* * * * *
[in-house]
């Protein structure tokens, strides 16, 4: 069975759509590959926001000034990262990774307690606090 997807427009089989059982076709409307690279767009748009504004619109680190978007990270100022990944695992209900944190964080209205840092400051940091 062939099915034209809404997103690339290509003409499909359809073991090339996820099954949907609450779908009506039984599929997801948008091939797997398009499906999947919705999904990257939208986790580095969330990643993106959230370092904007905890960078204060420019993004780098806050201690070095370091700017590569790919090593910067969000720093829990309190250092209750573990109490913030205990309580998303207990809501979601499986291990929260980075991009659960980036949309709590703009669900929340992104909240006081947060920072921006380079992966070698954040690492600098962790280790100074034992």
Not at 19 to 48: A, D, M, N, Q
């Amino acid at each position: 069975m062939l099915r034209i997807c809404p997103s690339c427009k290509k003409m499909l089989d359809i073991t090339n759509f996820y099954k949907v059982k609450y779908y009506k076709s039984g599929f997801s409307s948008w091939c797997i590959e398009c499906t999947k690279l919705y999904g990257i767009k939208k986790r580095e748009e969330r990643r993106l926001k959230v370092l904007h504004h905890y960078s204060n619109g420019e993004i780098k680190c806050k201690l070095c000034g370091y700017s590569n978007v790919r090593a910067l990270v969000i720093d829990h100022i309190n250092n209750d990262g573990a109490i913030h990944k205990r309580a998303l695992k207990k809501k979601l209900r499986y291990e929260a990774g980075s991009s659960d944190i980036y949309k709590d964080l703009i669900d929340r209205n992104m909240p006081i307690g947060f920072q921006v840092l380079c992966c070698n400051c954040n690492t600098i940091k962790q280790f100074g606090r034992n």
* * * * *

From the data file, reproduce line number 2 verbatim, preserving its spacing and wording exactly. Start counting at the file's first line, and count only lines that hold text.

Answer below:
């Protein structure tokens, strides 16, 4: 069975759509590959926001000034990262990774307690606090 997807427009089989059982076709409307690279767009748009504004619109680190978007990270100022990944695992209900944190964080209205840092400051940091 062939099915034209809404997103690339290509003409499909359809073991090339996820099954949907609450779908009506039984599929997801948008091939797997398009499906999947919705999904990257939208986790580095969330990643993106959230370092904007905890960078204060420019993004780098806050201690070095370091700017590569790919090593910067969000720093829990309190250092209750573990109490913030205990309580998303207990809501979601499986291990929260980075991009659960980036949309709590703009669900929340992104909240006081947060920072921006380079992966070698954040690492600098962790280790100074034992």